Looks like Rev. O'Neal Dozier knows what to say to keep Jeb Bush sweet: praise him to the skies and preach Republicanism from the pulpit. Here's Dozier speaking on the occasion of Martin Luther King Day a year ago:
The Rev. O'Neal Dozier, senior pastor and founder of The Worldwide Christian Center, went so far as to call [Jeb] Bush “the greatest governor ever.”
(Sun-Sentinel, January 21, 2003, Pride on Display; S. Florida Events Honor the Dream and Legacy of the Civil Rights Leader.)
Consider Black S. Florida Preachers Carry on Fight Against Injustice , a story in the Sun-Sentinal—which until now I always thought of as a decent newspaper. This news story (that's right, news, not editorial) printed a couple of days ago paints a glorious picture of Rev. O'Neal Dozier. It begins,
The Rev. O'Neal Dozier lives the message of Martin Luther King Jr. every day. As pastor of the Worldwide Christian Center in Pompano Beach, he uplifts the downtrodden by feeding them and paying their rent. In his sermons he preaches the importance of character. His leadership has transcended the pulpit to politics.
Somehow this news article never gets around to mentioning that Rev. Dozier might be controversial, or why.
Incidentally, until I read this article, I had no idea that Rev. Dozier was black. Does that mean he gets a free pass on MLK day? Somehow I doubt that King would have approved of Dozier—although that is apparently not Dozier's view, as he tries to wrap himself our secular saint's mantle:
“King didn't separate himself from the white establishment,” Dozier pointed out.
Neither does Dozier. A member of one of the state's Judicial Nominating Commissions, which screen and recommend judges, Dozier is active in the Republican Party and served as host to Gov. Bush at his church last King Day.
“We're not going to make advances for black people by slam-dunking [Republicans],” Dozier said. “We need to take a lesson from Dr. King. He had a peaceful approach.”
But even Dozier acknowledges that racism has not gone away. He thinks black people have not helped their cause much because whites perceive blacks as having lost the moral character they had during 1960s protests.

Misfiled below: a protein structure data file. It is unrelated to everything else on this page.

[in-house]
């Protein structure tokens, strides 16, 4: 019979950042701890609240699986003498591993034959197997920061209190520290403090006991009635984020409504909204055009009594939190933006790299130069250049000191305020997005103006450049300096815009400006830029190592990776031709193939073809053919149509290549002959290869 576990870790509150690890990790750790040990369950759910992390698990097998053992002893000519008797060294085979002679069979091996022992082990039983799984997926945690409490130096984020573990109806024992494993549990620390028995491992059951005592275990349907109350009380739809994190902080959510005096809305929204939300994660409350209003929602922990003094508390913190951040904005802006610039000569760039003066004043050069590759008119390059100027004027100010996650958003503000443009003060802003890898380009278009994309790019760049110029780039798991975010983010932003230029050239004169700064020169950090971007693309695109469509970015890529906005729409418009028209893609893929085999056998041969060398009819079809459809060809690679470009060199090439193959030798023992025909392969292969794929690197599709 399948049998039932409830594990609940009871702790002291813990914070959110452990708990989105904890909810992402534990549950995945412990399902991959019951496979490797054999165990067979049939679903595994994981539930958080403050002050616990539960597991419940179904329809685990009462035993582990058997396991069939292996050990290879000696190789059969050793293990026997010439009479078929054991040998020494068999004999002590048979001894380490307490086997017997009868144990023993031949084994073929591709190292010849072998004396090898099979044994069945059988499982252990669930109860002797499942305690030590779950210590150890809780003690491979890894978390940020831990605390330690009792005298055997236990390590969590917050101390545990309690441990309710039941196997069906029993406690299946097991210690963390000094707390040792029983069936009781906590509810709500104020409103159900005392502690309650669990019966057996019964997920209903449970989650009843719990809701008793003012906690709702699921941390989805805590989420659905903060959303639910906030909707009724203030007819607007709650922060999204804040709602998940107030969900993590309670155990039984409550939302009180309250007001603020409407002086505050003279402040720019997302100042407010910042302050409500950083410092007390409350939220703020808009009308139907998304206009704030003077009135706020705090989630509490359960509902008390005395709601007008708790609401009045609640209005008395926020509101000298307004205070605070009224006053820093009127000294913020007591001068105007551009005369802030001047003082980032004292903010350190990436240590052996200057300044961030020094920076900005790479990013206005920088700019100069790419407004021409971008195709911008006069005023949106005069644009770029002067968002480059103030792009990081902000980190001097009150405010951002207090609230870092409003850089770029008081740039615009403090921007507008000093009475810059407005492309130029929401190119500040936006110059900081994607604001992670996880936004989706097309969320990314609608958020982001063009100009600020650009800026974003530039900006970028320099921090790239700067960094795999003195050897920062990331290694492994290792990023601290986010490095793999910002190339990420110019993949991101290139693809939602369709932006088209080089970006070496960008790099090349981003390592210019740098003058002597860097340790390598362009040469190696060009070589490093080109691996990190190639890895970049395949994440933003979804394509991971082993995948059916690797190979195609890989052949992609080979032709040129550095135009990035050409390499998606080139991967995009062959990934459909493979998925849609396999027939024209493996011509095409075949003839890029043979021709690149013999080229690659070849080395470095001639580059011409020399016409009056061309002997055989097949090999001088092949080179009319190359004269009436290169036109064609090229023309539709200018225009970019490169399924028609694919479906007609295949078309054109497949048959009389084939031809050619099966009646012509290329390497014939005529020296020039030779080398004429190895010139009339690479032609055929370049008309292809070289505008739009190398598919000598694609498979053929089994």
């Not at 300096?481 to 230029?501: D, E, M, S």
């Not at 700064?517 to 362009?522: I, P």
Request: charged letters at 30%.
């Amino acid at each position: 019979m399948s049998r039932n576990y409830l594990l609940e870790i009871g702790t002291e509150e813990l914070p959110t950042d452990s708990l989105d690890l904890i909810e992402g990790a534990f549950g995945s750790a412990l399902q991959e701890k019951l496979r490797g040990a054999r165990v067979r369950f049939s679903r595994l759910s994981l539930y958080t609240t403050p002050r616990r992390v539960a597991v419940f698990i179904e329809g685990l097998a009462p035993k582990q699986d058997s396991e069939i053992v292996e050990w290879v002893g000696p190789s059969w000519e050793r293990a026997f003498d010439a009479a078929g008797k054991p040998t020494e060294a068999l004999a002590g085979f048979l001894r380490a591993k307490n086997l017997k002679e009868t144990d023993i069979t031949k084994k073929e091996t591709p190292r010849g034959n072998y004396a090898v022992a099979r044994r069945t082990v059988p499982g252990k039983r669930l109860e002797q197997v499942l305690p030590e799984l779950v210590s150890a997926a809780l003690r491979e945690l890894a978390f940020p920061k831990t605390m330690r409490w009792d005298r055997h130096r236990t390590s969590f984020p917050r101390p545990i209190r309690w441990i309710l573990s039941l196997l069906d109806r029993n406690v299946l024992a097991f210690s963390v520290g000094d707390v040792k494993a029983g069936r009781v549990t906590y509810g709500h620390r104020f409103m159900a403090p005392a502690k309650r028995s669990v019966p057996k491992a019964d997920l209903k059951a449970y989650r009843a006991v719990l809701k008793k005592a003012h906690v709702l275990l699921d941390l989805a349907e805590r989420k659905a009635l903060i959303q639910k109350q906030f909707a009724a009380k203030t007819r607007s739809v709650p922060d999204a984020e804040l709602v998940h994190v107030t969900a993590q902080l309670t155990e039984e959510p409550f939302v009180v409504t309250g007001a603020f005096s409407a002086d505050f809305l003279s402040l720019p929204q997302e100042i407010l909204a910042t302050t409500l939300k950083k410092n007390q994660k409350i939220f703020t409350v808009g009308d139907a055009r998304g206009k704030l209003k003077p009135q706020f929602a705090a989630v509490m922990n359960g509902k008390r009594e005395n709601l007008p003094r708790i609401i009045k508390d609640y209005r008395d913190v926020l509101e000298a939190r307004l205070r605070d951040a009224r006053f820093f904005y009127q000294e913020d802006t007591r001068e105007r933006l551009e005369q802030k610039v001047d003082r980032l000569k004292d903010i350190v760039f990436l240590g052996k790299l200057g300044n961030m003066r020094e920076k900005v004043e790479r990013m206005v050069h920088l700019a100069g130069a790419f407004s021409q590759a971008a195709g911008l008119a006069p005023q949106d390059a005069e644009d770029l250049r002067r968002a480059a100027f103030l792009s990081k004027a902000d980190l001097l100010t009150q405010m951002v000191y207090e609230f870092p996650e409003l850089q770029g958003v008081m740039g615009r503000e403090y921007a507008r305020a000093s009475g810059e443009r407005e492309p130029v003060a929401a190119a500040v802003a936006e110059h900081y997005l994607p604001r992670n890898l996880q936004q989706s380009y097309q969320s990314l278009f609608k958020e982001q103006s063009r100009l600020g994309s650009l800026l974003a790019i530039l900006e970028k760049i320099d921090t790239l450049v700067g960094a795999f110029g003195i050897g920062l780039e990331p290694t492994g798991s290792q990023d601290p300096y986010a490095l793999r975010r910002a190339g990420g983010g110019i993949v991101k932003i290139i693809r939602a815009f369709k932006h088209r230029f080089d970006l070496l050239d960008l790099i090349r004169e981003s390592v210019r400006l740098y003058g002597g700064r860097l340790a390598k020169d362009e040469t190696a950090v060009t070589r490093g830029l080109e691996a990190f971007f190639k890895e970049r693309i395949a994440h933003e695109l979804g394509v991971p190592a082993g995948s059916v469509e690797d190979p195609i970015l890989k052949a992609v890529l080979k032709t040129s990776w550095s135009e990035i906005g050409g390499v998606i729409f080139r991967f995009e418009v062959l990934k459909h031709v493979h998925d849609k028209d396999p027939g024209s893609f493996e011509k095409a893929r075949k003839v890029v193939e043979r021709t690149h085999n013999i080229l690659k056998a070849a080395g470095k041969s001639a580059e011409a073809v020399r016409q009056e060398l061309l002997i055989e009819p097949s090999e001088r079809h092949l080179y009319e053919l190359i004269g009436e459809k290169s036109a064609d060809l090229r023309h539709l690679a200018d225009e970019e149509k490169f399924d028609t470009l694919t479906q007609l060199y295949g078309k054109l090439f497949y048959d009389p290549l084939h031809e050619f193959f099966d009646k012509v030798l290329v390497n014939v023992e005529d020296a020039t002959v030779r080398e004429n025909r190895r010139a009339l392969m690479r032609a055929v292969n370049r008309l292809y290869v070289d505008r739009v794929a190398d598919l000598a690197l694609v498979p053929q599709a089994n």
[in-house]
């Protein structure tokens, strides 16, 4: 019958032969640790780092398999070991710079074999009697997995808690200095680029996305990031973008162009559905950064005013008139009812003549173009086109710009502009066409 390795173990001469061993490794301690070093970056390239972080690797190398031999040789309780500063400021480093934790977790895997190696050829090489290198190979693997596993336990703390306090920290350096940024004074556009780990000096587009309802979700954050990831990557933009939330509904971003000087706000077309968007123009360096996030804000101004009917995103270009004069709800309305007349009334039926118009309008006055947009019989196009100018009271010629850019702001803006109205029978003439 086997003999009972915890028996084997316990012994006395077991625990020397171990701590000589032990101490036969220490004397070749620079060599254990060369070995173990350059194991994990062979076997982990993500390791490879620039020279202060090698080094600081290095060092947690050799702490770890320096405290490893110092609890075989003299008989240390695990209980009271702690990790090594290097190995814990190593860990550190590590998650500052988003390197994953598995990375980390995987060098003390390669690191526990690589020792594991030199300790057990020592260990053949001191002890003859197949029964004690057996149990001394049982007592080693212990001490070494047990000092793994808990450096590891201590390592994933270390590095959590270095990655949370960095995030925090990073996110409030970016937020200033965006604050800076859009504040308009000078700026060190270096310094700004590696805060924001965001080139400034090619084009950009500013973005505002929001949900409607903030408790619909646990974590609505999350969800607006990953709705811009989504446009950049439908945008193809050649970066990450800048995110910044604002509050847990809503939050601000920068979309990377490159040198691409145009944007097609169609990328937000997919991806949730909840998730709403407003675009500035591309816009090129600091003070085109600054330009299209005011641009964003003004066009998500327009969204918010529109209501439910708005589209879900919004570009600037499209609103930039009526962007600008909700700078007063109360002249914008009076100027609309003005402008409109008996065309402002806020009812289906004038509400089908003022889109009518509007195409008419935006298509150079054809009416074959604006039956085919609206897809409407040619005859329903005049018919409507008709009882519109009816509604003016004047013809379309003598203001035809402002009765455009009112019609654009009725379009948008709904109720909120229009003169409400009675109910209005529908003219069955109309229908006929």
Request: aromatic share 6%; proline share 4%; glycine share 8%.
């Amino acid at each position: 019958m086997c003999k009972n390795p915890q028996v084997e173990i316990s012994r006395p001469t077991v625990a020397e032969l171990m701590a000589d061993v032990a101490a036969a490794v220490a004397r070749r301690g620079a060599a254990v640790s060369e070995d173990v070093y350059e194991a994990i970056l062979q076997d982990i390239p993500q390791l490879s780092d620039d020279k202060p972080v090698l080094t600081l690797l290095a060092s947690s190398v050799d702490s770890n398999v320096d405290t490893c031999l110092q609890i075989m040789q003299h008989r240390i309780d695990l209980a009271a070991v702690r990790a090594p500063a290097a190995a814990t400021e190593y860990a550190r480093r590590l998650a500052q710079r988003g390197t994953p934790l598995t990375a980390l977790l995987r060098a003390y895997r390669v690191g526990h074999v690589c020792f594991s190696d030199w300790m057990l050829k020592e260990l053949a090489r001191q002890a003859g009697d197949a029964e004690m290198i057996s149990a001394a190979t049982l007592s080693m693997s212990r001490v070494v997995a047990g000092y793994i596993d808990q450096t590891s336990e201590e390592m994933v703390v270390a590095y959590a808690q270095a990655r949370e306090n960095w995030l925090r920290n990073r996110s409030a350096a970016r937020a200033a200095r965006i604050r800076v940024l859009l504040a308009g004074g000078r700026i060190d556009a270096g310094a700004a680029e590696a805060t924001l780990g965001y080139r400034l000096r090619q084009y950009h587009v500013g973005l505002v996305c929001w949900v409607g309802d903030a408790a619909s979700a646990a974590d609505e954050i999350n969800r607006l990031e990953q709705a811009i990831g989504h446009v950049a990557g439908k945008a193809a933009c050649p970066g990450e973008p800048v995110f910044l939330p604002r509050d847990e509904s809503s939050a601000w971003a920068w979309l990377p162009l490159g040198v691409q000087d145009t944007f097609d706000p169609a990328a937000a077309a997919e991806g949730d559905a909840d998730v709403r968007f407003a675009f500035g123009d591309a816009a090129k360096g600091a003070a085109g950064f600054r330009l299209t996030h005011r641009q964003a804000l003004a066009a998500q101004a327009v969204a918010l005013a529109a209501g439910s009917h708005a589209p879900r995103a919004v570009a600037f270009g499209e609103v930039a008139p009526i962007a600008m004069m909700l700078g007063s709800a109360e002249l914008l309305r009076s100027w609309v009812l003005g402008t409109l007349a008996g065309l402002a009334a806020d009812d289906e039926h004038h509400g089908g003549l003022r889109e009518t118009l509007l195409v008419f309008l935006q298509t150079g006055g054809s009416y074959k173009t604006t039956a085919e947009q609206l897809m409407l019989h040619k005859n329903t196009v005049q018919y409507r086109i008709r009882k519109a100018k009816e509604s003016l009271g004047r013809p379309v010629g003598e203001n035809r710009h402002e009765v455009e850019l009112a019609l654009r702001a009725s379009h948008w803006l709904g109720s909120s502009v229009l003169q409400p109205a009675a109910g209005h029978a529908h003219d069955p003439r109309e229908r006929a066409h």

“If King were alive today, he would still be an activist,” said Dozier. “He would be an advocate for black people looking at character.”
Dozier worries that the younger generation needs to strengthen its character for the black community to achieve King's dream.
“Have you listened to the music? It's horrible. The way we dress with our pants down. The way we wear our hair makes us look like demons,” he asserted.
“How can you pierce the upper-crust establishment, where the money and political people are?” Dozier asked. “We can't unless we change our character.”
The article does, however, include a handsome photo of Rev. Dozier.
A little spell on Lexis suggests that Dozier was also active in the 'Ten Commandments' movement, speaking to support (now-former) Alabama Chief Justice Roy Moore. Dozier has also been a prominent supporter of the FCAT, the standardized test relied on by the Florida school system, disagreeing with those who claim that the test is racially biased.
There are also some hair-raising interviews in which Dozier makes clear that he does not separate church and state. Rather, his vision of church — like the Mullahs in Iran — instructs the faithful as to how to vote, to support the wise and virtuous Republicans.
Give him this. He's certainly not shy about it.
“Years ago, I took a closer look at the platform of both parties,” said the Rev. O'Neal Dozier, the church founder, who freely mixes politics and religion. “The [Republican] platform is more in line with the word of God. I am Republican because of conviction.”
(source: Miami Herald, Natalie P. Mcneal, Blacks embrace message of GOP Pompano pastor, congregation find Gov. Bush's politics suit their beliefs, Feb. 3, 2003)
And then there's this amazing and disturbing profile that appears in an article by Wyatt Olson in the Broward New Times, United States of Jesus: The folks who are “reclaiming America for Christ” are pushing an agenda for a Taliban-like state where Scripture is law